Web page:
UK government confirms plans to end feed-in tariff payments for new solar installations

Opponents warned it would leave householders who install panels from April having to give away their power to energy companies free


The UK government has confirmed plans to end its “feed-in” tariff payments for new installations of household solar from next year.

The scheme will close on 31 March 2019, says the Guardian, meaning “anyone who adds solar from April 2019 will not be paid for any excess power they export to the grid”.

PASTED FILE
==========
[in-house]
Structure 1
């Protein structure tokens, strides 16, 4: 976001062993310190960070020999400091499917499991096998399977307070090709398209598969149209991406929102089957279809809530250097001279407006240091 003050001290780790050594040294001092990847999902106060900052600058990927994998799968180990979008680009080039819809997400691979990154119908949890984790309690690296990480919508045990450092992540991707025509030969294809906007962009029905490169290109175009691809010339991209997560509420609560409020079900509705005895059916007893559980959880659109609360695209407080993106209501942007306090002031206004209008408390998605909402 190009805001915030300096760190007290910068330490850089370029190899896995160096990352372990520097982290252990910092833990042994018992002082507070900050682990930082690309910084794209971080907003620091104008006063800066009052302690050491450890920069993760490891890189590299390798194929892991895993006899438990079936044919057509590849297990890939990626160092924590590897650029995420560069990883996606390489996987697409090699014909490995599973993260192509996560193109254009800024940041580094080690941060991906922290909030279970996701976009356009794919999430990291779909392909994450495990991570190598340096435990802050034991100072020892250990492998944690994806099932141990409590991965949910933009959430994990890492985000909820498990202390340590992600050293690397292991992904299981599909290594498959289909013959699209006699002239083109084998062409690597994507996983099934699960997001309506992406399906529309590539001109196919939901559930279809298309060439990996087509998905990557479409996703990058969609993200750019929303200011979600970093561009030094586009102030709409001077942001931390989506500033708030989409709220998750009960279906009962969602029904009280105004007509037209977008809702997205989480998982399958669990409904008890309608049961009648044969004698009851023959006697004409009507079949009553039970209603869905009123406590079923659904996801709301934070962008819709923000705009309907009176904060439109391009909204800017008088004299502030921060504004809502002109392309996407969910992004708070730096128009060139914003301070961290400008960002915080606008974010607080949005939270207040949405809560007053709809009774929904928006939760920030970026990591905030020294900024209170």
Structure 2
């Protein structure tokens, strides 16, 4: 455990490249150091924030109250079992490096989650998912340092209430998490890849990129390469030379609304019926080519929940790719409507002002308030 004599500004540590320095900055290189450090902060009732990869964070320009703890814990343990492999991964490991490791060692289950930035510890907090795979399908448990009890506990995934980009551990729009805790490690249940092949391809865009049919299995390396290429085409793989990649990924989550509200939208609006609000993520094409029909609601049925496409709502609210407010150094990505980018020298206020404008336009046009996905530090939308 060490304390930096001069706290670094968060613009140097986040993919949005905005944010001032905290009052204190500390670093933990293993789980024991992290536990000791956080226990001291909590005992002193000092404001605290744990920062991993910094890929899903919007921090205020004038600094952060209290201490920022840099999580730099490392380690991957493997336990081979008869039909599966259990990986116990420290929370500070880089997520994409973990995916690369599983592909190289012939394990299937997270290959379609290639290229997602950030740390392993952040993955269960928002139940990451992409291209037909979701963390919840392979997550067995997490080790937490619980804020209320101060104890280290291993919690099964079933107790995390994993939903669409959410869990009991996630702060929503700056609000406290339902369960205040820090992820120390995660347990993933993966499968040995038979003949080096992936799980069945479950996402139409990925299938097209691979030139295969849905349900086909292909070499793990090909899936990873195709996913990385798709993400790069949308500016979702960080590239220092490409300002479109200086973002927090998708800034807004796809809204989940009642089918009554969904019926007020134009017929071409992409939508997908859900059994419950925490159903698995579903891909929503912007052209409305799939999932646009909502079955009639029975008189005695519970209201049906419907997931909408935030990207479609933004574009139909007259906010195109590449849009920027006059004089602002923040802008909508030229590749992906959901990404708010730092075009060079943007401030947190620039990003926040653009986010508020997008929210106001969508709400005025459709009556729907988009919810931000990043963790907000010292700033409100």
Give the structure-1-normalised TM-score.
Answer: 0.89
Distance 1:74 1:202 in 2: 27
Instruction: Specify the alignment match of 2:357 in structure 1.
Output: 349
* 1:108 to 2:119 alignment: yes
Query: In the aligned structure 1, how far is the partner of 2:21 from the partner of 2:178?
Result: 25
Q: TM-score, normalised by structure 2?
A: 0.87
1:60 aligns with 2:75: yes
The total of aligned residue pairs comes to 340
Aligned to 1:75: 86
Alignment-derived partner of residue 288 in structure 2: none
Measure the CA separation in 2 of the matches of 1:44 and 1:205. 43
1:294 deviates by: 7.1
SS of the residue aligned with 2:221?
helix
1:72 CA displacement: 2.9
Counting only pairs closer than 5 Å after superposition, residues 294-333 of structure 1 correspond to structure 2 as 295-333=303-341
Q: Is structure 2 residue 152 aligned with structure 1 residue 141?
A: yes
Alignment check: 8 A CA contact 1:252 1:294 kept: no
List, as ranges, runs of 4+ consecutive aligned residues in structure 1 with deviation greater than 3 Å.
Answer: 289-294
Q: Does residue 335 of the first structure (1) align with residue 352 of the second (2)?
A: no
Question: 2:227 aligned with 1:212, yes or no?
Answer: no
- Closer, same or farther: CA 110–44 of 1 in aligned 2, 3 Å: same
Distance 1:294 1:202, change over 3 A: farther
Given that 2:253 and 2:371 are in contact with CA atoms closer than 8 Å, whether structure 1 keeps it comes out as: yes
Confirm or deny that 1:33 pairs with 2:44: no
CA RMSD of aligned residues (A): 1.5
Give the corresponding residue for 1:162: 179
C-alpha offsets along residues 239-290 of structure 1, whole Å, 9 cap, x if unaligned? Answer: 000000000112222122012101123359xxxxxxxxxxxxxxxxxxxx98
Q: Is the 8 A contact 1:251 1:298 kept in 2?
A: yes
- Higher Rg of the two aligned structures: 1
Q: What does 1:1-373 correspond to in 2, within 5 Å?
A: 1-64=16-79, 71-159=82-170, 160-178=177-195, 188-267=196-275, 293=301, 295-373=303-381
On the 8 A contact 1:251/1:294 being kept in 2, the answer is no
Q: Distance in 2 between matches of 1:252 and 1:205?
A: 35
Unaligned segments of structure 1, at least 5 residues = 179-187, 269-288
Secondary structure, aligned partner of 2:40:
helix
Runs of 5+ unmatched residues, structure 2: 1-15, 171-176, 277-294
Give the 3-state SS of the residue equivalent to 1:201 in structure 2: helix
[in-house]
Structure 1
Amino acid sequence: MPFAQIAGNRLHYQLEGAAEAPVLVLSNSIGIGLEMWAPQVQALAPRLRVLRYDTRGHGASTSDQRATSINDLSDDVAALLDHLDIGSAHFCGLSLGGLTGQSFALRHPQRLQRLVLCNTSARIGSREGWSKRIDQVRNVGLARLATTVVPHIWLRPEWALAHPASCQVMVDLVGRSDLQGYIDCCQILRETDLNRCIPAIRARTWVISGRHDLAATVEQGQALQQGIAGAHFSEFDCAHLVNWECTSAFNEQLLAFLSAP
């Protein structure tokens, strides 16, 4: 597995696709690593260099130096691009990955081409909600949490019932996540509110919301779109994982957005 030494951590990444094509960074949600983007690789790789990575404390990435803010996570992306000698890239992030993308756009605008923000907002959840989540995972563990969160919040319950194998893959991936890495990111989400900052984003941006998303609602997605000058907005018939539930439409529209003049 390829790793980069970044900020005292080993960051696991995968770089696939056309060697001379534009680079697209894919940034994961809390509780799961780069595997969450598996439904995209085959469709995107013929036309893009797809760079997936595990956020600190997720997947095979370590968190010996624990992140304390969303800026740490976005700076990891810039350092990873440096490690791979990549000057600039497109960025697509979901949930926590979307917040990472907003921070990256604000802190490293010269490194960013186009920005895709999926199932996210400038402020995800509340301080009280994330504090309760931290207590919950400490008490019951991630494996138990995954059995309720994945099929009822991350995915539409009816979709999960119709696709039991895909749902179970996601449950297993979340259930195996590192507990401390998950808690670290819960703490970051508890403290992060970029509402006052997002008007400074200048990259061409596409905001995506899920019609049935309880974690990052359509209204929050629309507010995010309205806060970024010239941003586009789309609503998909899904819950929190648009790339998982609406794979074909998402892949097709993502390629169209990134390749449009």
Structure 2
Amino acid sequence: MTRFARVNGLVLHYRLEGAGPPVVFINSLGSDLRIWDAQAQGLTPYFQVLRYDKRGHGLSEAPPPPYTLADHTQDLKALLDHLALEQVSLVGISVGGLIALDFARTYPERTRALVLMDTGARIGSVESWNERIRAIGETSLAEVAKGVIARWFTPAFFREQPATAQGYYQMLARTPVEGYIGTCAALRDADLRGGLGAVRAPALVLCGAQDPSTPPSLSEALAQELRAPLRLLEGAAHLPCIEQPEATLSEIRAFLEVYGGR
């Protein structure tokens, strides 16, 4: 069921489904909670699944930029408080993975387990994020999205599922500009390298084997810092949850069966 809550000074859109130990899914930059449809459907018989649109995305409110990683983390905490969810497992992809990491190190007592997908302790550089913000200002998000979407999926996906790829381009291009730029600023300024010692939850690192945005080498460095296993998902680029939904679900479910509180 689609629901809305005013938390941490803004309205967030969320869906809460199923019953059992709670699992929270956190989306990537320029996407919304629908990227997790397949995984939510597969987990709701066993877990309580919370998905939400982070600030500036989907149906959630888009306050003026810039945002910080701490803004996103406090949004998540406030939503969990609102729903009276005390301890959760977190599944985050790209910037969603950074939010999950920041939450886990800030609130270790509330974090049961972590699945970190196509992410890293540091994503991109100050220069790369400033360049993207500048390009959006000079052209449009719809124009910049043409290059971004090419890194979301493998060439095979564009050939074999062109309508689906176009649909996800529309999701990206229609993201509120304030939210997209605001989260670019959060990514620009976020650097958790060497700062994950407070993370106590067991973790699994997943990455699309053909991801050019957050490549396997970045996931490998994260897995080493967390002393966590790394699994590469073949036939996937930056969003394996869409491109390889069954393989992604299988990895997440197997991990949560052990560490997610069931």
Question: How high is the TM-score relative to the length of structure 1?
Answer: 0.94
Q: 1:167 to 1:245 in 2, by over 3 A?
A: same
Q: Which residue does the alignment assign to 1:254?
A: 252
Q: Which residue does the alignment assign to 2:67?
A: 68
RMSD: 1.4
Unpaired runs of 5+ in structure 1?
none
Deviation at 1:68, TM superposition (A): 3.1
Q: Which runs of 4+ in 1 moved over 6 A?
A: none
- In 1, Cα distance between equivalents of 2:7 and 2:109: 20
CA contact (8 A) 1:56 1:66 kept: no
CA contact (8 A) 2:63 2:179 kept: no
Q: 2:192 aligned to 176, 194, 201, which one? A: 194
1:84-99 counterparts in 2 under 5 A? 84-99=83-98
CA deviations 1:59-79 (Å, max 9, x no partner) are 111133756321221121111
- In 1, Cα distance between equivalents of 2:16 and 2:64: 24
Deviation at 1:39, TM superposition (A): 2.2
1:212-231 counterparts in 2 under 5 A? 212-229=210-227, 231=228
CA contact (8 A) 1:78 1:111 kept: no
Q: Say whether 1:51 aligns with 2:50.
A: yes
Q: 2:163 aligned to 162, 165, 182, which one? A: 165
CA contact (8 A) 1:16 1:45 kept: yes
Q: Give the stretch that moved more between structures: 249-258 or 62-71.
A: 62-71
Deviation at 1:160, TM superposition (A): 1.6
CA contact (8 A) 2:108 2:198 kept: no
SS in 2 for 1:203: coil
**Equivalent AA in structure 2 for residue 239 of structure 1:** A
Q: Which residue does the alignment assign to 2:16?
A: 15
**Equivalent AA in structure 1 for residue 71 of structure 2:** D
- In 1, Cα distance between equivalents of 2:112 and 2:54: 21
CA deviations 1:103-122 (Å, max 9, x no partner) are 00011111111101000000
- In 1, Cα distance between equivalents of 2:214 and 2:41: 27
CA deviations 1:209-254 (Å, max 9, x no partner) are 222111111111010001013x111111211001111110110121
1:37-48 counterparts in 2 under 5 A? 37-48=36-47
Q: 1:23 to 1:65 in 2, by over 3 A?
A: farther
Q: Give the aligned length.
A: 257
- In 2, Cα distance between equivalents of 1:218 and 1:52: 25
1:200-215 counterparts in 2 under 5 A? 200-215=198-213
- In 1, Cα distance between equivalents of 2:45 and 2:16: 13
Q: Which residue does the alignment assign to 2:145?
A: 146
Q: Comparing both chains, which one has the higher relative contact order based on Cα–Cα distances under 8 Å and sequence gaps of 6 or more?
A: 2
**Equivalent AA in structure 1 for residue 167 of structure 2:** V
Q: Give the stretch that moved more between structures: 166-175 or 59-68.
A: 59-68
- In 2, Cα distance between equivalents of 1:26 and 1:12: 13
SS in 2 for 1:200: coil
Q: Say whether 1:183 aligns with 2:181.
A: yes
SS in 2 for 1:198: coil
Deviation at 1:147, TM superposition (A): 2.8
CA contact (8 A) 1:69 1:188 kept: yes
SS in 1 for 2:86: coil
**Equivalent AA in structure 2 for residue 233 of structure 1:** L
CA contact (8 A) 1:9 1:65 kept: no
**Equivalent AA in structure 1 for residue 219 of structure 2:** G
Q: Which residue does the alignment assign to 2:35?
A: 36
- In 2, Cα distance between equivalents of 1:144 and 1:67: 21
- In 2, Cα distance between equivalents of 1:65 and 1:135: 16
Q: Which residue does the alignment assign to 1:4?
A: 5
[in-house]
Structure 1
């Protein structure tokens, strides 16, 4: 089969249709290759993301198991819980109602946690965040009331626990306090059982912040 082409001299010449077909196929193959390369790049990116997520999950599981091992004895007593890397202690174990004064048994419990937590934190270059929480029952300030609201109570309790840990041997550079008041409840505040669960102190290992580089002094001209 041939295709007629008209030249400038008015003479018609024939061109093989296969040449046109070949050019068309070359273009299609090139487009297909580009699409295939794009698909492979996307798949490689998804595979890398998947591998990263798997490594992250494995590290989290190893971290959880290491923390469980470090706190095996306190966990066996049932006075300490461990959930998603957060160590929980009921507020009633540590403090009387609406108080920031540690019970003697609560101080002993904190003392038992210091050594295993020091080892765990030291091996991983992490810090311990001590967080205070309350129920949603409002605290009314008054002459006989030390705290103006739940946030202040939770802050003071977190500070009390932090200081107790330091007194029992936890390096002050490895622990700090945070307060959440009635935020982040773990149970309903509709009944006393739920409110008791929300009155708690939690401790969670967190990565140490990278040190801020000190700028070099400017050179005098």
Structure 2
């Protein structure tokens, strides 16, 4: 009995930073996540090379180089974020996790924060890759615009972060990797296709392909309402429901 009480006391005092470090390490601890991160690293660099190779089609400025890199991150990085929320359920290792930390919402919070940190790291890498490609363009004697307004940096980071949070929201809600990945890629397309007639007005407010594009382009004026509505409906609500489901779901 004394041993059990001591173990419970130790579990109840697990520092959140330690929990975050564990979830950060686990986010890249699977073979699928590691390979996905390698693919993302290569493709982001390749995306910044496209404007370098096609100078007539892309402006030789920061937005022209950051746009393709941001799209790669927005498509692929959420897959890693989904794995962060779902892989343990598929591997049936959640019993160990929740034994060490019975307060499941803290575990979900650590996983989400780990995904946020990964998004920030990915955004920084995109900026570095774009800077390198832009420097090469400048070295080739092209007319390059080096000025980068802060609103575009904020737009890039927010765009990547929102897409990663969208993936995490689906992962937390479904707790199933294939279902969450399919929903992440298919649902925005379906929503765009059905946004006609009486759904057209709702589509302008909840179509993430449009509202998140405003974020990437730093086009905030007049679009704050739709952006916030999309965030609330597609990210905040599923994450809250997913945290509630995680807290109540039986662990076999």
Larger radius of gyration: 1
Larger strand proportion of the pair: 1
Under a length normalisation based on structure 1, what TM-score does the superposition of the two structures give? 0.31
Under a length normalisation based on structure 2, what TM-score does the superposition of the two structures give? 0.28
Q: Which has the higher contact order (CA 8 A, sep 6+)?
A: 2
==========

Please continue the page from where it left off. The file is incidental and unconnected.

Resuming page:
The Department for Business, Energy and Industrial Strategy (BEIS) said it was ending the “export tariff”, which provides a guaranteed price for all unused solar electricity, to minimize costs to all consumers.

The change will not affect the 800,000 homes that already have solar panels, notes the Daily Mail.

More than 91 percent of respondents to a consultation over the move disagreed with proposals to ax the tariff, and a campaign to save it has been backed by the Mayor of London, MPs and many large and small energy firms.

BEIS says it will “consult shortly on a future framework for small-scale renewable energy generation”.

This would lay out new rules for how energy suppliers could buy excess power, though they would not be mandated to do so.

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